"By the curly beard of Bupkis the Terrible!" Al'thir'evaeael cursed.

At least some of you think of this kind of thing when you think about epic fantasy. That example is somewhat over the top, but only somewhat. These are the doorstopper novels that have thousands of characters with a few dozen invented languages and can span decades.

I was asked to write about what makes epic fantasy tick, so I'm not going to worry too much about an exact definition of epic fantasy. A proper definition wouldn't necessarily match the above stereotypes and there's variety even within the subgenre. Instead, I'm going to focus on the five factors that I think make epic fantasy work: scope, immersion, depth, stakes, and earned endings.


I realized how much scope matters to me while reading Steven Erikson's Malazan Book of the Fallen. Ten books totaling over three million words - what matters isn't the length, but what that many words allows the series to do.

In the last book, there's a conversation where two characters discuss the state of reality, and there are even more names dropped than in my example. Except by that point, you know every single name - not only that, you've read entire novels about each one. The dozen different conflicts mentioned aren't just some throwaway world building, each is a place you know with characters you've walked with throughout the series. It brought home that this is truly a conflict for reality.

Scope also gives us variety and diversity. Some series pretend to be about a "world" but it's really just medieval Europe spread across a larger area. Scope isn't a million league kingdoms or billion soldier armies, it's all the details that give a better sense of size than simple numbers can. Good epic fantasy gives multiple continents, races, cultures, or conflicts. It doesn't shy away from personal problems and smaller issues, but it includes them as part of a living, breathing world.


This brings us to immersion, which is one of the central appeals of epic fantasy. Others have already written about how it brings readers back, so I'll try to focus on other aspects. Immersion is when the setting isn't just a vehicle for the author's ideas, but a fully-realized entity that has more to offer than what's on the surface. This perhaps more than anything is what draws readers into worlds and keeps them there.

It's Tolkien's complete languages. Wheel of Time's two thousand characters. The edges of Robin Hobb's maps. It's the promise that "Grand Prelate" isn't just a random title for yet another interchangeable authority figure, but reflects a culture and system that will continue strengthen to the story.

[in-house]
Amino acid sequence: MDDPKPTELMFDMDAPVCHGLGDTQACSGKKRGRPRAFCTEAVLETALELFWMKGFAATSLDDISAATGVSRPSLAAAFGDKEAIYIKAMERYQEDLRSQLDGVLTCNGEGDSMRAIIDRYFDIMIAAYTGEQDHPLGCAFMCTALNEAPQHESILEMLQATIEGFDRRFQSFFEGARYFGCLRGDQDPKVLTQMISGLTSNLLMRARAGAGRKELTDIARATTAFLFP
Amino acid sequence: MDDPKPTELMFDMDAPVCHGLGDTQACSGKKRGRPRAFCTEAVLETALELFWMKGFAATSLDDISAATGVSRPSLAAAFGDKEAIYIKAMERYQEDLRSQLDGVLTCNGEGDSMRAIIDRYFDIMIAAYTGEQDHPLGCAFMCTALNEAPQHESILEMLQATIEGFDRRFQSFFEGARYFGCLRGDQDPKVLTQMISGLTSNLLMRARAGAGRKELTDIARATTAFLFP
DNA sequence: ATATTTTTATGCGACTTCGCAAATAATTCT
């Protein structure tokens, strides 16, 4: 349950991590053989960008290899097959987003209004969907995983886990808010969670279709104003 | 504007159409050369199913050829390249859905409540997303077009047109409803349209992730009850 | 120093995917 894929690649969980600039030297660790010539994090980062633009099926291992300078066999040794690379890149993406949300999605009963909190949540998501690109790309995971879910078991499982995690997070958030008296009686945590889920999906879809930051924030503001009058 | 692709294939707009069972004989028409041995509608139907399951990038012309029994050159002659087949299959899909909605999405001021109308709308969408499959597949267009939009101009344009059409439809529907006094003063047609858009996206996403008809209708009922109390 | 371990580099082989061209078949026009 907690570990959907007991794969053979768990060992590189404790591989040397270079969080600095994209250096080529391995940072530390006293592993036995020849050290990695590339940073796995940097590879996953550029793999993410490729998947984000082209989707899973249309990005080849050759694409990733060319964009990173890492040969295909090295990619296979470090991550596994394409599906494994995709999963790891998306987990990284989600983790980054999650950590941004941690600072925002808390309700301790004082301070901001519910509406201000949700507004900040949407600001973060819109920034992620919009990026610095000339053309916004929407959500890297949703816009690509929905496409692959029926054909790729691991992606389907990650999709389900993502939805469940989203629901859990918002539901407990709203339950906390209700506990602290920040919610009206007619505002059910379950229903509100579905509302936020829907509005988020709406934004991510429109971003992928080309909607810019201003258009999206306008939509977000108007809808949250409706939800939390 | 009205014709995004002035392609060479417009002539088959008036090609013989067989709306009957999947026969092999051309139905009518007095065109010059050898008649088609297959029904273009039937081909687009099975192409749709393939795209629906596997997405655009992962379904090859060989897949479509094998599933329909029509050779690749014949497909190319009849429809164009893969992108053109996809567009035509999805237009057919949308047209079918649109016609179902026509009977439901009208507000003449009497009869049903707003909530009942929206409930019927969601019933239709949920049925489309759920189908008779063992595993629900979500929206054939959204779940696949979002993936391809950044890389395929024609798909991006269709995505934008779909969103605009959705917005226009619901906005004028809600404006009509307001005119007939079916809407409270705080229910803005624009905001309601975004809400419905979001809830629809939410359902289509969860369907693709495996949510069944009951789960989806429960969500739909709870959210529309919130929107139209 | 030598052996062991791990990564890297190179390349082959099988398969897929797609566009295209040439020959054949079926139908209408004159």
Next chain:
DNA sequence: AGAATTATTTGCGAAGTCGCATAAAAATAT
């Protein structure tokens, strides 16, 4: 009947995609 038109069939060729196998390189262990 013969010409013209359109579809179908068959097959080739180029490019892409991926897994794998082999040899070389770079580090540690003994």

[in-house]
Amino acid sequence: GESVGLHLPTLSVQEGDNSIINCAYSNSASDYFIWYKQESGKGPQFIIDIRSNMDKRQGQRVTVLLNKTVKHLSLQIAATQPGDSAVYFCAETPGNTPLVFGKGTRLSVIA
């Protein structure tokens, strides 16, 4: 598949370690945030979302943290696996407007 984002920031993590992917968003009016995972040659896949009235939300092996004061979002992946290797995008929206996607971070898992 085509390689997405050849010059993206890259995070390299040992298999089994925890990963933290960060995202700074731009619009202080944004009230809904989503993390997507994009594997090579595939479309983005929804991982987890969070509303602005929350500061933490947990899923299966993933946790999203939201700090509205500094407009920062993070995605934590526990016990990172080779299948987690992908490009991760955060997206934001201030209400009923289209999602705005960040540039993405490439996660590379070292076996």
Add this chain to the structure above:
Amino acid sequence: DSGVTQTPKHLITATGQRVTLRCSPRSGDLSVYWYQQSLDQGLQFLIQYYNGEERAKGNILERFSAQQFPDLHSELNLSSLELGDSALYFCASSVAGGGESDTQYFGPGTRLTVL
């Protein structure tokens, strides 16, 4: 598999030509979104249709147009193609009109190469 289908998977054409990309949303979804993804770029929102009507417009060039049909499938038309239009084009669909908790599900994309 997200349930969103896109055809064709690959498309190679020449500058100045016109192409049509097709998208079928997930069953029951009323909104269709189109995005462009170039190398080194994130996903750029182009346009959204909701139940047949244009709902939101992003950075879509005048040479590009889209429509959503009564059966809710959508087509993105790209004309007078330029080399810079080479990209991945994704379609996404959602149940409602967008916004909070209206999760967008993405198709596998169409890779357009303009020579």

Immersion also allows for very satisfying payoffs. Because epic fantasy typically has more worldbuilding, you can afford to place all kinds of Chekov's guns on many different mantles. By the end of even the first book of an epic, readers are familiar with a wide variety of characters, places, forces, and all manner of elements that can be thrown together without the need for any more setup. Sanderson always does this, putting pieces in place for 75% of a book and then setting off a cascade of events that sweeps through the ending.

Epics stand far away from the problem of too-tidy stories, where absolutely everything seems to exist only to serve a role in the plot and tie things up with a neat little bow. Most of them err in the opposite direction, but it's the breadth of the world that gets readers to commit, since it reflects the messiness of reality and hence has the feel of a "real" story instead of a parable or fable.


Not to imply that other kinds of fiction don't have depth, but the size of epic fantasy allows it to do different things. The beauty of a short story is that it focuses entirely on one thing. By contrast, the strength of epic fantasy is that it can be about many things, and weave different themes together over a long period of time.

Length allows for subtlety, themes sneaking up on you, getting beneath your defenses against obvious Messages and Morals. Instead of characters dramatically turning from good to evil, they can slide slowly, reflecting all the shades of grey in the real world and forcing you to think seriously about the issues at hand.

The length of epic fantasy lets characters breathe, experiencing a wide variety of emotions and life circumstances. No one has to be the Coward or the Hero, but can display both heroism and cowardice at different times, closer to the diversity seen in human beings.


Perhaps the most important difference between epic fantasy and other subgenres is that in epics something critical must be at stake. All too often this is the fate of the world, but it goes deeper than that. Epic fantasy is about the world changing.

Lord of the Rings is a good example. It's about the passing of an age, old powers fading, technology gaining strength. It isn't a story where the villain is defeated and the status quo is restored, but one where nothing will ever be the same. Deeper, it's a story about the rejection of dominance as the only path to peace - several characters could have taken the Ring and won, but at the cost of their souls.

The Earthsea series reflects another important side of epic fantasy. All of it could fit into one novel of many other series, but the stakes are no less important. It's about the shifting of paradigms, first personal realities and eventually spiritual realities that profoundly affect everything.